(The following article represents the opinion of the editorial board of Bigeasymagazine.com)
To call modern Louisiana a Conservative values state would be an understatement. Recently, we passed the most restrictive abortion legislation in the country and every now and then we continue to press schools into teaching regressive, anti-science curriculum. It can be daunting, having progressive ideas in such an area.
We at Big Easy Magazine are excited about the signage of our state’s medical marijuana law and its implementation in the coming months. It may not be exactly akin to Canada’s sweeping new legislation, but we’ll take it. To celebrate, high ranking staff writers got together a few paragraphs each on what this subject means to them, their families, their friends and their city and state:
With recent studies showing marijuana to be an effective treatment for those who suffer with mental illnesses such as PTSD, the Louisiana State Legislature saw fit to add these ailments to the list of illnesses that can be treated under Louisiana’s medical marijuana law. This is great news for me, as well as all the veterans who suffer with PTSD. Considering the degree to which marijuana’s medicinal benefits outweigh the side effects of the herb, the recent law is long overdue for Louisiana.
In New Orleans, we often celebrate after a long week of work by consuming alcoholic beverages at a festival, event, show or bar. Despite the negative impact that alcoholism has had in many people’s lives, our modern society has never really stigmatized it. In the 1930s, prohibition was overturned after a massive outcry from citizens. In contrast, despite its benign nature, we have a history of associating marijuana use with criminal activity, with the drug industry spending millions of dollars to falsify stories about how marijuana use results in murderous rage, all in an effort to stigmatize a natural plant.
The staff here at Big Easy Magazine celebrates and supports the new medical marijuana law, and we believe it is a very positive step in the right direction in treating patients with physical and mental ailments. It is our hope that this law will be a harbinger for change throughout the United States and the world. We are confident that the data will refute the fallacious claims from Big Pharma that marijuana use leads to more mad men committing crime, leading to higher incarceration rates. Conversely, we believe the evidence will show that the legalization of this natural herb will lead to lower health care cost, better treatment options, increased revenue to state coffers and lower incarceration rates. Finally, it is our hope that the law will eventually lead to the legalization of recreational marijuana and to the end of the war on drugs.
After a most stressful yet somewhat fulfilling house move (down the street, but still), I was walking past my brother Bobby in our new shotgun home. I had just read up on some information regarding Governor Edwards’ passage of medical marijuana, including how people with autism will be able to seek treatment.
My brother is on the high functioning end of the spectrum and is active in the community, but as of late, he has had many panic attacks and loads of anxiety. Something like legal weed could take the edge off. Amused at the thought of him “getting high” (this would not necessarily be the case depending on dosage), I asked him, point blank, if he would like to try this new option.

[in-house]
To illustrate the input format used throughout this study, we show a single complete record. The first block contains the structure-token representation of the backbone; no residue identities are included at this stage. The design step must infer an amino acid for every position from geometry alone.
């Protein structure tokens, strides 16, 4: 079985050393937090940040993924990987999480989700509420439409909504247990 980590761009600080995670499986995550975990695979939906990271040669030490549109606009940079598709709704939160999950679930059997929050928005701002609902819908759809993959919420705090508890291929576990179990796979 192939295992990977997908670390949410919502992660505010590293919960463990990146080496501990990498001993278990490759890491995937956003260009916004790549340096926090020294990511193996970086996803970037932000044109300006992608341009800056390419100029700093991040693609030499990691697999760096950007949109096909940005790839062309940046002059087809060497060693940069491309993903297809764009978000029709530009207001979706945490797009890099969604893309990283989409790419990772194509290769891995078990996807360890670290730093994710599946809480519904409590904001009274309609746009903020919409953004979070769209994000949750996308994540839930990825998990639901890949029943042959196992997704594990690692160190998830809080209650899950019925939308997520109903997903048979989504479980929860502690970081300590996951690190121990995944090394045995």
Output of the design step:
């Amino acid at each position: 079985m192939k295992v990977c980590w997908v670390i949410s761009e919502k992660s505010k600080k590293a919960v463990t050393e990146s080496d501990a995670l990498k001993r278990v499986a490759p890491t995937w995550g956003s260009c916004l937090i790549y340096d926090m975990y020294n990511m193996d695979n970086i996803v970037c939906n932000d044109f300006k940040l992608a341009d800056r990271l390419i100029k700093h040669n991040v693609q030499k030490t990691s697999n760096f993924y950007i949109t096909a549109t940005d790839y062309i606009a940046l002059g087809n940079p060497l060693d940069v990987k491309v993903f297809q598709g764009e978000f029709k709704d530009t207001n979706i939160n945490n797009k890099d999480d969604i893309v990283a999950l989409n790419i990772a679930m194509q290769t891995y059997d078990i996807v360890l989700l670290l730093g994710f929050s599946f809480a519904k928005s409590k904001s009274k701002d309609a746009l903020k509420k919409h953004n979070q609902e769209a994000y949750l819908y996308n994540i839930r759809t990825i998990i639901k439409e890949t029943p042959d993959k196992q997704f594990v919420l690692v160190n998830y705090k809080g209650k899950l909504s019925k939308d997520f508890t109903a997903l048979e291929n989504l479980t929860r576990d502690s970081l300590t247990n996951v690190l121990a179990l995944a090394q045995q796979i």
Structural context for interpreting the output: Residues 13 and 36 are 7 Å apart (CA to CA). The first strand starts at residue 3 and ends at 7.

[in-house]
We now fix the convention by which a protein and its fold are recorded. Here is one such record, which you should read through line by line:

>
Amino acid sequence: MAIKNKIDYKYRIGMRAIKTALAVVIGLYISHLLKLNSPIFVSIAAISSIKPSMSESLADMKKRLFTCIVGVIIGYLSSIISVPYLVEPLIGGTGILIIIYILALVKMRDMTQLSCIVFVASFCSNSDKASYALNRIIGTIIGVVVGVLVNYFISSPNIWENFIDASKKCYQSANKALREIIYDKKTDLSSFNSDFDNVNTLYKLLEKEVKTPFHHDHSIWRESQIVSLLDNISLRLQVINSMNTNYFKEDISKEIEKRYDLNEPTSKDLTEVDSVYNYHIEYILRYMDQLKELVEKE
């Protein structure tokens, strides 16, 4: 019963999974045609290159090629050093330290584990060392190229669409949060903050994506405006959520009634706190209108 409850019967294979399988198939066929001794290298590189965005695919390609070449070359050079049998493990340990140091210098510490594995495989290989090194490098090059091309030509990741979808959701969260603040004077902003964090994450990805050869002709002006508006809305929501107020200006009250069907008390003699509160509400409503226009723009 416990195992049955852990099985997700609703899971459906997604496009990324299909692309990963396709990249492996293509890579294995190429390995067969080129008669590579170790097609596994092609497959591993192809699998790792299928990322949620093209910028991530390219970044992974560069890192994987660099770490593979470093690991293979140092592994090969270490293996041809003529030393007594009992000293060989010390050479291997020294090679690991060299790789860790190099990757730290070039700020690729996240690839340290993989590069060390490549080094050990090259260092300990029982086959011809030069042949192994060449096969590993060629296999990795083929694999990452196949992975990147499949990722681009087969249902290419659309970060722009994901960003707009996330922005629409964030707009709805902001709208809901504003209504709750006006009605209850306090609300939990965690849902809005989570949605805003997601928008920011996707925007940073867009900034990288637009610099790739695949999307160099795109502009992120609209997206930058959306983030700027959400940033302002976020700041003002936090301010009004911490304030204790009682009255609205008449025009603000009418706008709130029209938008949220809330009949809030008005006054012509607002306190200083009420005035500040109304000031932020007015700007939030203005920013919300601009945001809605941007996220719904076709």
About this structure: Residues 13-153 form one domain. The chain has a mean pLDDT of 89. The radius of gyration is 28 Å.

Eyes wide and surprised, face contorted in disgust, he said “Eh.” Really, I thought? I clarified that it may not have to be smoked. “Oh, ok!” he exclaimed. I think there is, even now, a strong stigma associated with weed, legal or otherwise, that what you’re doing is somehow shameful. But, if thought of in a different form – be it lollipop or pill – it circumvents the conventions. No shame in alleviating pain, sir! And if any comes about, it’s coming from you. So relax.
For my brother, I hope he considers. For my brother, I hope he qualifies. For my city and state, I hope we can move towards recreational regulation.
To discuss marijuana legalization, medical or recreational, without touching on the issue of race and mass incarceration, would not only paint an incomplete picture but would ignore some of the most pressing problems with the prohibition of marijuana. The United States is the prison capital of the world. Louisiana is the prison capital of the United States. This means that Louisiana’s percentage of prisoners to residents is the highest of any state or country in the modern world. As one of the state’s with some of the strictest drug laws in the nation, Louisiana has some of the highest numbers when it comes to small time drug arrests. We are a state that helps to lead to war on drugs in this country.
The war on drugs is not actually a war on drugs. It is a war on the poor and disenfranchised. Marijuana arrests disproportionately affect communities of color. This is not because marijuana use is higher in these communities. The use of this herb is nearly constant amongst racial groups. The enforcement of draconian drug laws is used as a tool of the state to oppress, control and marginalize. The recent legislation concerning the expansion of legal uses for medical marijuana is a good step, but it is just a step.
For the sake of Louisiana to move towards a more just society, I hope that these drug laws not only continue to change, but that those who were most affected by the harsh enforcement and minimal sentencing related to these drug laws are given a fair shake. There is no true justice until every person locked up for a nonviolent marijuana arrest is no longer imprisoned by the state. Legalization, medical and recreational, must only be the beginning on our path to a more just society.
Nolan Storey (Editor in Chief)